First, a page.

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 | By Theresa Stratford

Project SEARCH promotes the dignity of work

Deeply rooted in Catholic teaching is the right to fair and just work and the dignity of workers. For the vulnerable or underserved, those rights can become blurred, and for people with cognitive impairments, there can exist an unfortunate gap in the transition from school to employment.

Deacon Alex Garvey, senior vice president of mission at Bon Secours St. Francis Health System-Greenville, sought to fill that gap. He had previous experience with a program called Project SEARCH when he worked in Virginia and decided to start a chapter at Bon Secours in 2017.

Project SEARCH teaches young adults who have intellectual disabilities the skills they need to hold jobs and gain employment upon graduation. It was founded in 1996 at the Cincinnati Children’s Hospital for students with various disabilities who were either in their last year or recently graduated high school. The interns are usually ages 18-21.

Jessica Weingartner, director of mission at Bon Secours, explained that most of the interns are on the autism spectrum, but there are some with Down syndrome and others may have hearing impairments or social, physical or learning disabilities.

“It’s a range. We don’t just accept the high-functioning. Some are completely non-verbal or very low verbal,” she said.

In order to ensure the program’s success, Deacon Garvey knew that seeking out partnerships with the Greenville County School District and South Carolina Vocational Rehabilitation Department (SCVRD) would be vital. Plus, placing interns in on-the-job training courses at the hospital became a mutually beneficial arrangement.

Many of the places Project SEARCH interns fill have high turnover and are sometimes difficult positions to recruit, so the health system welcomed the program with open arms. The SEARCH students are then able to go on to new careers, and some even make an independent life for themselves because the skills they learn are transferable to other industry sectors like food service, retail or the hospitality industry. This has been music to the ears of the families of the students and for the interns themselves.

For example, Evelyn Brown is a graduate of the 2021-2022 Project SEARCH class. She successfully trained in the cath lab and respiratory and transport departments during her time in the program.

“When I started the program, I was nervous and didn’t have confidence,” Brown shared. “I didn’t think I could handle the job responsibilities. But with the support of my mom, the Project SEARCH staff, my mentors and the encouragement of my classmates, I learned I could do a lot.”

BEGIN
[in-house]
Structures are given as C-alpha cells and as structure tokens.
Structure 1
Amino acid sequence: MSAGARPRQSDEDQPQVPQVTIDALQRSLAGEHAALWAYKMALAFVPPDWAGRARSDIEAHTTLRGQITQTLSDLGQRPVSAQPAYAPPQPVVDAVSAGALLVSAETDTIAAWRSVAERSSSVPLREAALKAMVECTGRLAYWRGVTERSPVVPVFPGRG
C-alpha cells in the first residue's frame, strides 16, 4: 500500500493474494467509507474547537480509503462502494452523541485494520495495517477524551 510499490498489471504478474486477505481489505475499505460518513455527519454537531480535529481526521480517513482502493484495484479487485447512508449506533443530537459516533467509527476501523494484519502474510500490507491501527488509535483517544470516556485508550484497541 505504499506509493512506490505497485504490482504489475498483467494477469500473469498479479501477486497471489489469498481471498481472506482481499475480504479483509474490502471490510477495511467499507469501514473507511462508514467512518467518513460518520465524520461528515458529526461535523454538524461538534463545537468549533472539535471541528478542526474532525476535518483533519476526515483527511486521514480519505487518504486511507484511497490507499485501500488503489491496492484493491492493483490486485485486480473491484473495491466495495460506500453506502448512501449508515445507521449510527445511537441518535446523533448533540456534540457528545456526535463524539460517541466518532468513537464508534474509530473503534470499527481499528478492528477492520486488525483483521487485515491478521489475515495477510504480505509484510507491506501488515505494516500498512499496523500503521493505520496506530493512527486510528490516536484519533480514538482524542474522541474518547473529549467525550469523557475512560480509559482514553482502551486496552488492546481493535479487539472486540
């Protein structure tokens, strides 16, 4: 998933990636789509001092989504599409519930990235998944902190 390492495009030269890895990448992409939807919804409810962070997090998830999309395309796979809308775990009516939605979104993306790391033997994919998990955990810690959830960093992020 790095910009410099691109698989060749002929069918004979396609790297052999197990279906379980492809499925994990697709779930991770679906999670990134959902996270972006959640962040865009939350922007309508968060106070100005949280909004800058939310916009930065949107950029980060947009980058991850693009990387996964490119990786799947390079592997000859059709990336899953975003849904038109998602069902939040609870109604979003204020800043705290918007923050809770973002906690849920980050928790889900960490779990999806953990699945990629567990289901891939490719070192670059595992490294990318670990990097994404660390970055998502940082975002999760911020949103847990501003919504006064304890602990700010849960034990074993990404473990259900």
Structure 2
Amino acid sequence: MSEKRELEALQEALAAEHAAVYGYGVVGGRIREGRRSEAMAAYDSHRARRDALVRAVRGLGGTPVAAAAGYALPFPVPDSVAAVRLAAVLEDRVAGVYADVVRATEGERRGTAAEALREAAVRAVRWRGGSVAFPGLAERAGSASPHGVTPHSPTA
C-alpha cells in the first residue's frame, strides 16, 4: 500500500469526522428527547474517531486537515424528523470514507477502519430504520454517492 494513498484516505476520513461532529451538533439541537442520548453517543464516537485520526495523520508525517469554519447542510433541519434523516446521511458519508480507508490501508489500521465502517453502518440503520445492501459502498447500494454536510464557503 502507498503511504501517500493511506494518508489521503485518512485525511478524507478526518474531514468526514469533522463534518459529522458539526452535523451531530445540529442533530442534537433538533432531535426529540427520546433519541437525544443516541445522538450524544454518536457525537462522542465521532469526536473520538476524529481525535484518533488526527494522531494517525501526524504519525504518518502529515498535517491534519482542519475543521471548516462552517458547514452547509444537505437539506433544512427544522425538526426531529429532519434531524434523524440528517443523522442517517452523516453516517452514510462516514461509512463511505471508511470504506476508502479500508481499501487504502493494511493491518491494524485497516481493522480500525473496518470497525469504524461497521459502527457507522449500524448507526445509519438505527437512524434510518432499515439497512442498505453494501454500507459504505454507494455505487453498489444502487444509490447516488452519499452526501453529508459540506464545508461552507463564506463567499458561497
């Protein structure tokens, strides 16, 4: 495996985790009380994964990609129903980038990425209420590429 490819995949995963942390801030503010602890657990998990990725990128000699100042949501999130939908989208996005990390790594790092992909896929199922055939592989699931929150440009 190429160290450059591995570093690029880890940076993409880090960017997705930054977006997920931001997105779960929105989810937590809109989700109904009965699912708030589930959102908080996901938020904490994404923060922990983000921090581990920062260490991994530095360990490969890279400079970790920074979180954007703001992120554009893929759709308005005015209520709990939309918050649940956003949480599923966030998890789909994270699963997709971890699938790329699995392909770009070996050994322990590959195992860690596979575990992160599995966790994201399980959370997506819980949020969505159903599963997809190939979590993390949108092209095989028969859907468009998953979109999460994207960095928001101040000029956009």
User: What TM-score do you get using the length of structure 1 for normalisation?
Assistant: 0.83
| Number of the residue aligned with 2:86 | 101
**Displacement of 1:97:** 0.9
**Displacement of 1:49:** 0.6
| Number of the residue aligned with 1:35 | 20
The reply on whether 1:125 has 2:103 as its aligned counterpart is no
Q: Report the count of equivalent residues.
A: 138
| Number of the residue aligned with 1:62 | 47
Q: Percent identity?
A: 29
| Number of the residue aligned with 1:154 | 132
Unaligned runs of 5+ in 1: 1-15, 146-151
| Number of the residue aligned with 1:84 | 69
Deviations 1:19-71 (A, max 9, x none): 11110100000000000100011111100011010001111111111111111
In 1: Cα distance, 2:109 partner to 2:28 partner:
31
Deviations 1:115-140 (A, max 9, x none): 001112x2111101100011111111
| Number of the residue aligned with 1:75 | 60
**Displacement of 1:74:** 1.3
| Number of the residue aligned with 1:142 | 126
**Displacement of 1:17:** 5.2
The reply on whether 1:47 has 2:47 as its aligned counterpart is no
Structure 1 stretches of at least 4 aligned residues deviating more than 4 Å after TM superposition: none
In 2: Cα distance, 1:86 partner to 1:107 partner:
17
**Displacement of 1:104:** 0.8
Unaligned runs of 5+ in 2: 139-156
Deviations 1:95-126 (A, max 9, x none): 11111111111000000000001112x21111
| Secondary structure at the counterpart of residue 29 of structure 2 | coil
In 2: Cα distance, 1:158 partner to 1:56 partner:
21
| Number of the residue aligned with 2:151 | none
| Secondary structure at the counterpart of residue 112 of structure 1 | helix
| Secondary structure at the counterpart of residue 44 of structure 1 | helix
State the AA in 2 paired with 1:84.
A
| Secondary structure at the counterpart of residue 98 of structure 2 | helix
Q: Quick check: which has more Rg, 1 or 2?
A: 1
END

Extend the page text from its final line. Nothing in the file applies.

She is now employed at Bon Secours St. Francis Eastside and is working as a patient transporter.

“Having a disability doesn’t define you,” Brown added. “We can all learn and excel in any job when we have good support. Project SEARCH helped me build my confidence and helped me learn from my mistakes because we all make them.”

Project SEARCH is free for students and funded through SCVRD, the school district and other philanthropy efforts. The year-long program currently allows for 18 interns per class. Students learn skills in transport, stocking, cleaning, organizing and much more through participation in three rounds of 10-week internships with various departments. 

They are supported by a Greenville County School District teacher and job skills trainer, an SCVRD job coach and counselor, a Bon Secours workforce coordinator and a mentor from the different hospital departments. Students are completely integrated into the departments they serve.

In 2017, the program started with five students and one classroom. In 2021, Bon Secours dedicated an entire building for the program with two classrooms and several model hospital rooms. And Weingartner said they were able to purchase Chromebooks for all the interns thanks to generous community support.

She said that while Bon Secours can’t hire all the graduates — each receives a Project SEARCH graduation certificate — they go on to fill many roles in multiple community sectors because the skills they acquire in the program are transferable. It’s important to note that the interns have to fill out standard applications for employment and go through normal hiring processes.

“They aren’t given special treatment,” Weingarter said, “and employment can be competitive.”

Since Project SEARCH’s debut in South Carolina, 94% of the interns found employment upon graduation: 17 students were hired by the health care system, and all of the class of 2020-2021 were employed within nine months of graduation, working at least 16 hours a week. Program leaders hope this sets the example for other Upstate businesses.

In Catholic tradition, work is not just a means of obtaining money to support oneself. Vocations are a way in which people achieve fulfillment as human beings. Catholic health care organizations contribute to the dignity of the individual and the demands of justice by promoting avenues for meaningful employment for people with disabilities. 

Project SEARCH in Greenville successfully upholds this Catholic teaching and inspires all of us to encourage the dignity of “a hard day’s work.”

Theresa Stratford is a freelance writer for The Miscellany. She lives in Charleston with her husband and three children and attends the Cathedral of St. John the Baptist. Email her at